"All too often, the deployment of these technologies happens faster than our social, political, or legal systems react."
Dogs have served alongside police officers for decades, sometimes even sacrificing their own lives in order to save their human partners. Robots are a fixture of law enforcement, too, most notably in bomb situations.
But now, a police force in the United States has tested the capabilities of a robot dog for the first time — and civil liberties experts are raising the alarm.
According to documents obtained by the American Civil Liberties Union of Massachusetts, the Massachusetts State Police leased a Spot robot dog from Boston Dynamics for 90 days ending on November 5, 2019.
In August, the organization filed a public records request for any documents relating to the agency’s use of Spot, as well as any records relating to its “plans for, acquisition of, and/or use of robotics” since 2015.
The lease agreement obtained by the ACLU notes that the Massachusetts State Police’s Bomb Squad would have possession of the robot at all times and would be evaluating its “capabilities in law enforcement actions, particularly remote inspection of potentially dangerous environments.”
Additionally, police spokesman David Procopio told WBUR that the agency used Spot the same way it did other robots: as a “mobile remote observation device.”
“Robot technology is a valuable tool for law enforcement,” he said, “because of its ability to provide situational awareness of potentially dangerous environments.”
However, he didn’t share any exact details on how agency tested Spot or expand on the two incidents during which police told WBUR they used the robot outside of testing.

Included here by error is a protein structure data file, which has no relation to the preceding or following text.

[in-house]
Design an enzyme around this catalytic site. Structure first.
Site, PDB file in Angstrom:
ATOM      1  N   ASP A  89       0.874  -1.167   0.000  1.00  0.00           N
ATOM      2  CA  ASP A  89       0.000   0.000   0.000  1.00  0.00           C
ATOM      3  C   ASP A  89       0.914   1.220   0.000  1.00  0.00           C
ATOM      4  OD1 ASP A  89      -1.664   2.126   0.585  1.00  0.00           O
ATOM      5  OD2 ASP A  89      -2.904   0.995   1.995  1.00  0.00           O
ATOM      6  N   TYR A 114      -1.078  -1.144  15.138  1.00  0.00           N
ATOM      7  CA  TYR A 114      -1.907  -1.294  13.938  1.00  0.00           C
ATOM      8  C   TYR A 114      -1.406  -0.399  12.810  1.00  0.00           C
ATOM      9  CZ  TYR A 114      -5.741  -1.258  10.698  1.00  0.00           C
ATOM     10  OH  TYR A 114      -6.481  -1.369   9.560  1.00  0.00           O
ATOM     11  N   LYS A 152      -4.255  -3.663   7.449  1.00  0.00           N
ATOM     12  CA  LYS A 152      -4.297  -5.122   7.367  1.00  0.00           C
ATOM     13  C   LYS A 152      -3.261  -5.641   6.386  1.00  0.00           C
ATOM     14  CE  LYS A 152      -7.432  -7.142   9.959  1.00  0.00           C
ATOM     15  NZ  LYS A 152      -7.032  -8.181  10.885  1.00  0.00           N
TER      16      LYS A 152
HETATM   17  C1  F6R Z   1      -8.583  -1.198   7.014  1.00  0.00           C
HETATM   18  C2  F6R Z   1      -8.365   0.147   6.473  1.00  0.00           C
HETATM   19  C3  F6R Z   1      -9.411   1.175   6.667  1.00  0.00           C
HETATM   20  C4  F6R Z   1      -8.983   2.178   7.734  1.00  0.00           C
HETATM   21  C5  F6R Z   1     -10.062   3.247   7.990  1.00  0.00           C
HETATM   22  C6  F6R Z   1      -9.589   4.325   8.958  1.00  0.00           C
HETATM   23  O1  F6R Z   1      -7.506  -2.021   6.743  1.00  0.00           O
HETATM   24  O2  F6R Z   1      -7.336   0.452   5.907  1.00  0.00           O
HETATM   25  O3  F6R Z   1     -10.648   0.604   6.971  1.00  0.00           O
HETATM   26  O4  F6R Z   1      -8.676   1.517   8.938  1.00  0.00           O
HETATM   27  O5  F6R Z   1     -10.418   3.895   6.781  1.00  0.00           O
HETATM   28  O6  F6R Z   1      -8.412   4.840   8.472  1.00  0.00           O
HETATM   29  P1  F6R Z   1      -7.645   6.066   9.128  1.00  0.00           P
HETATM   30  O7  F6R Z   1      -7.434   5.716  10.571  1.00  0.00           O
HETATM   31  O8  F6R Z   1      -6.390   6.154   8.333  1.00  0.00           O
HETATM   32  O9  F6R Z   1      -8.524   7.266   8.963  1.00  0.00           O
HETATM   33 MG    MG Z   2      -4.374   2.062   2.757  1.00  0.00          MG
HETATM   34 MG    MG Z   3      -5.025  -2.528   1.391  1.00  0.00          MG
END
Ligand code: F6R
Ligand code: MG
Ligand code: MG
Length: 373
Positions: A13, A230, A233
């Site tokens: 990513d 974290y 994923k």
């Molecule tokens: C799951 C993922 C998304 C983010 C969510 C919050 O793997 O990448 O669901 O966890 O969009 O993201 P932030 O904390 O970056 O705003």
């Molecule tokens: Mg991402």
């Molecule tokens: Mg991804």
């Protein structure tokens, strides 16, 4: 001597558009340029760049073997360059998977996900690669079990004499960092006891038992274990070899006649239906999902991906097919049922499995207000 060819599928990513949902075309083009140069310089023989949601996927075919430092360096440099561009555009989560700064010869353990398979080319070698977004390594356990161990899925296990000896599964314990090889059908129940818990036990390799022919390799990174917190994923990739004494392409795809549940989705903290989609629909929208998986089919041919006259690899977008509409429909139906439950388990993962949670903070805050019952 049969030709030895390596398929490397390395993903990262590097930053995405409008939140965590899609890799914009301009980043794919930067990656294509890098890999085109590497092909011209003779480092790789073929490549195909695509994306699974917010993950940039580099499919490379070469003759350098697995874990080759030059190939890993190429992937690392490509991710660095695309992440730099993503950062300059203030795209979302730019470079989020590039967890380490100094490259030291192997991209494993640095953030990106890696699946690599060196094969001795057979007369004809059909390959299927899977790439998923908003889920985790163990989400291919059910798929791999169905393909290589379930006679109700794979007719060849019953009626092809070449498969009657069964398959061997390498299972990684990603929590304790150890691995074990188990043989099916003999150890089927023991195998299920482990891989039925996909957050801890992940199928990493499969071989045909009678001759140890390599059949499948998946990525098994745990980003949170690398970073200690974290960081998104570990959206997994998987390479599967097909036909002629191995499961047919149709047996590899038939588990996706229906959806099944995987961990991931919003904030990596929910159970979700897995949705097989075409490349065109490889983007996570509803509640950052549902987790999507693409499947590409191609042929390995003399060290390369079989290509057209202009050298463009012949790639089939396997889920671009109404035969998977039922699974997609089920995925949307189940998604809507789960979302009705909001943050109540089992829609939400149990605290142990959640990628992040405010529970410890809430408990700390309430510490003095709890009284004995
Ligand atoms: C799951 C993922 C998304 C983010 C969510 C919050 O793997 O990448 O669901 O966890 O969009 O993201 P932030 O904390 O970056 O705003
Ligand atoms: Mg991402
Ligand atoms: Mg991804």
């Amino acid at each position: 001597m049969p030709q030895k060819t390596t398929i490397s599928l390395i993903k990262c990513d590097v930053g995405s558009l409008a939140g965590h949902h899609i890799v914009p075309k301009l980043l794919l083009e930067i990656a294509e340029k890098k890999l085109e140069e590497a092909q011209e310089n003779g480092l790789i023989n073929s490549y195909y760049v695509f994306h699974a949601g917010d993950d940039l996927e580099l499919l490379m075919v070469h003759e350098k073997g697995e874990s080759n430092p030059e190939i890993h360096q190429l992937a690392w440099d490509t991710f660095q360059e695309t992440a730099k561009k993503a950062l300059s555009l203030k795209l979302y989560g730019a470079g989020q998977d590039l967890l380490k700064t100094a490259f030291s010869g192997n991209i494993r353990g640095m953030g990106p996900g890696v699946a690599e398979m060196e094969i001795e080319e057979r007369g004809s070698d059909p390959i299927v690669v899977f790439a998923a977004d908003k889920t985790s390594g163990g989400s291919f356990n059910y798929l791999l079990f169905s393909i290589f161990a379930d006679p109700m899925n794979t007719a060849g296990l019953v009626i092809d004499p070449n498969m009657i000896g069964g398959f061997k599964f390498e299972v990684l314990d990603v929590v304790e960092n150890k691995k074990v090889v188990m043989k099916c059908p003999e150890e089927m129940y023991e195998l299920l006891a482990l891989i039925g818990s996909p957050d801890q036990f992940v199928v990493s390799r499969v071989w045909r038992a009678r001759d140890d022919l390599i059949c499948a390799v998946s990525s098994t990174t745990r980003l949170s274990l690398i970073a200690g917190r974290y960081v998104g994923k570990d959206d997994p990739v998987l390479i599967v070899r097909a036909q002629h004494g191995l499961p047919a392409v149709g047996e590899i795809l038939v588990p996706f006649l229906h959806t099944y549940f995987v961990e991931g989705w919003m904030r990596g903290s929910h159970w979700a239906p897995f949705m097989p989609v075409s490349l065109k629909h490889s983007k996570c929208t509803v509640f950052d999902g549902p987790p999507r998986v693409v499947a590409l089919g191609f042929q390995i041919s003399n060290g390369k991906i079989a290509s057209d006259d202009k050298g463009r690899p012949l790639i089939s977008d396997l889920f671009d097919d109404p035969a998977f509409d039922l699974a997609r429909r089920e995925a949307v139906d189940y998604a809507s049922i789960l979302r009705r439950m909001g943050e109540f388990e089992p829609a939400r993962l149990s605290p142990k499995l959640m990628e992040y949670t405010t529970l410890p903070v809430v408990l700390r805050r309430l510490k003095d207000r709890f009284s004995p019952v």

Boston Dynamics’ Vice President of Business Development Michael Perry, meanwhile, assured WBUR that there was no chance of the Massachusetts State Police using Spot as a weapon.
“Part of our early evaluation process with customers is making sure that we’re on the same page for the usage of the robot,” Perry said. “So upfront, we’re very clear with our customers that we don’t want the robot being used in a way that can physically harm somebody.”
Ultimately, it sounds like the Bomb Squad mostly wanted to see if Spot would be an improvement on whatever robots it was already using — but it’s hard to fault the ACLU for requesting more details on the testing, especially given American law enforcement’s past use of robots to kill.
“All too often, the deployment of these technologies happens faster than our social, political, or legal systems react,” ACLU Massachusetts’ Technology for Liberty Program Director Kade Crockford said in a statement to TechCrunch.
“We urgently need more transparency from government agencies,” she added, “who should be upfront with the public about their plans to test and deploy new technologies.”
By: KRISTIN HOUSER